The Royal Netherlands Army is purchasing 200 Boxer vehicles for transport, engineering, command, and transportation of wounded, replacing some of their YP-408s and all of their M577s (command post version of the M113). The 200 Boxer MRAVs will be delivered in 5 versions – 58 ambulances, 55 Command Post variants, 41 engineer group (pioneer) vehicles, 27 cargo vehicles, and 19 cargo/command-and-control vehicles to replace the current YPR 765 tracked vehicles. Note that this figure is down from initial estimates of 384 vehicles.
In addition to the Boxers, the Dutch Army will also be operating BAE Hagglunds’ CV90-35 MkIIIs as Infantry Fighting Vehicles.
Under current plans, Jane’s revised reports indicate that the German Army is due to take delivery of 272 Boxer vehicles in 3 baseline versions: 135 armored personnel carriers (APCs), 65 command post (CP) variants, and 72 heavy armored ambulances. The Boxers will replace some Fuchs 6 x 6 and tracked M113-series APCs currently in service; like the Dutch Boxers, they will fill a middle weight armor role alongside heavier tracked Infantry Fighting Vehicles – in this case, the new KMW/Rheinmetall Puma.
The Boxer program is being managed by the European OCCAR (Organisation for Joint Armament Cooperation) Armaments Agency. Britain was initially part of the MRAV consortium as well, but left in 2003 to pursue its own future armored vehicles project called FRES. The industrial contractor is ARTEC GmbH – acting on behalf of the consortium formed by Kraus-Maffei Wegmann (36%), Rheinmetall Landsysteme (14%) and Stork PWV (50%).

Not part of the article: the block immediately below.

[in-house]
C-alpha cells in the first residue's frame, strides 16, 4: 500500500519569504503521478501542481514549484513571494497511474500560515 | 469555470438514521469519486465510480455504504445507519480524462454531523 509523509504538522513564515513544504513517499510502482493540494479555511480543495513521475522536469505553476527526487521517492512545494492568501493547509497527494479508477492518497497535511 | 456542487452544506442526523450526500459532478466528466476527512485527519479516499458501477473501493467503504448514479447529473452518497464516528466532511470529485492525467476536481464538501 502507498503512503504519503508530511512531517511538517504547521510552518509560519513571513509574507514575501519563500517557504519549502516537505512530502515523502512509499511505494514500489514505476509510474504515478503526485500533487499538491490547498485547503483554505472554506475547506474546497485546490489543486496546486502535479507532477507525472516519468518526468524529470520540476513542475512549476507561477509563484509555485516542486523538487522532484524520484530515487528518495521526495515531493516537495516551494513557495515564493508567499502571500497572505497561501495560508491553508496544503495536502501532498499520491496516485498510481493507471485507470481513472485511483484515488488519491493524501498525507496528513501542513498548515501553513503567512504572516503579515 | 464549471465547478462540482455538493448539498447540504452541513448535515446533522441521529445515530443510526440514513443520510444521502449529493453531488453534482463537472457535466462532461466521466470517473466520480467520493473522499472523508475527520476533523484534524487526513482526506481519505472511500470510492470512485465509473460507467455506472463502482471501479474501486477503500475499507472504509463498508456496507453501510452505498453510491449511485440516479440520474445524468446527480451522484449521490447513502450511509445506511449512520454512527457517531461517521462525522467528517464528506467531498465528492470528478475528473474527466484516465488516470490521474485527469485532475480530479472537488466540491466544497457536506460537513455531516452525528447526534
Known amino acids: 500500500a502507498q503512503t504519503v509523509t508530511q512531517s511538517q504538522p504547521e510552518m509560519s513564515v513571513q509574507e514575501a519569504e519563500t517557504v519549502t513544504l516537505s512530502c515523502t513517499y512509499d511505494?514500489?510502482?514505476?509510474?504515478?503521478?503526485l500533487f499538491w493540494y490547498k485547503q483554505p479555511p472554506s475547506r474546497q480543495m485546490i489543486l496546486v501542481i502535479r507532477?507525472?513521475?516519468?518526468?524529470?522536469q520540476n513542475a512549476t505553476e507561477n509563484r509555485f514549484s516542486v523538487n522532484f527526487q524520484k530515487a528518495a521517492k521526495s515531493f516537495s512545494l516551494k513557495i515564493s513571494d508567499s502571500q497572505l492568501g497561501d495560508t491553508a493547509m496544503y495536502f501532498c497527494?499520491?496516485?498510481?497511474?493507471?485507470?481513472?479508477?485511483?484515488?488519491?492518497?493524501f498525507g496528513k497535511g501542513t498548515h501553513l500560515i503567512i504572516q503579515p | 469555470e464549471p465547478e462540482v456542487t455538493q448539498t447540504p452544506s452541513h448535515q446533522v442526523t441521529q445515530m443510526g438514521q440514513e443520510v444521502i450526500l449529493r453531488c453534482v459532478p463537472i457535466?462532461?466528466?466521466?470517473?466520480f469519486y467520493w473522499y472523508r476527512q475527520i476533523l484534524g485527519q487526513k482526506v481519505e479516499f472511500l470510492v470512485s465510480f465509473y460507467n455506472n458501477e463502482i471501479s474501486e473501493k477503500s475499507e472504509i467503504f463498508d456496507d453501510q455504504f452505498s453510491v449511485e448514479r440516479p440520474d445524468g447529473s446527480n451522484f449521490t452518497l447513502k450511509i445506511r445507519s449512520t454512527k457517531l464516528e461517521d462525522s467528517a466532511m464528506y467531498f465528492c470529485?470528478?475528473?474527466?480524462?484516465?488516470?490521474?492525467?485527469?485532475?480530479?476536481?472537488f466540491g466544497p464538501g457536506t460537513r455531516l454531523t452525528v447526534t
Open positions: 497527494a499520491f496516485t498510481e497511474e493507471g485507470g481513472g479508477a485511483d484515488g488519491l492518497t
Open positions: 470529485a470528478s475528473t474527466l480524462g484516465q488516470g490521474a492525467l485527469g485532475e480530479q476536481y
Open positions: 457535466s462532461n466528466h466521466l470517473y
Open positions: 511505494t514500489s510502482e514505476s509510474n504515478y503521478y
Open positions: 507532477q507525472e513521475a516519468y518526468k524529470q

Manufacturing of the vehicles will take place in both countries. Amsterdam-based Stork PWV is the national prime contractor and system integrator for the Dutch Boxer vehicles. As a partner, Stork Special Products is also responsible for assembling of the power pack consisting of a MTU engine, angular gear, transmission, cooling block and over 1,200 minor parts in total. They’re also developing the Environmental Control System, an air-conditioning system with integrated NBC(nuclear, biological, chemical) protection.
Contracts and Key Events
June 25/14: Dutch delivery. Formal delivery of the 1st Dutch Boxer to the 13th NL Brigade’s medical company. The Director of the NL Defence Materiel Organisation symbolically delivers the vehicle by handing over a wrench that serves as an emergency opener for the rear door. Sources: OCCAR, “Formal handover of first Netherlands BOXER vehicle to the customer”.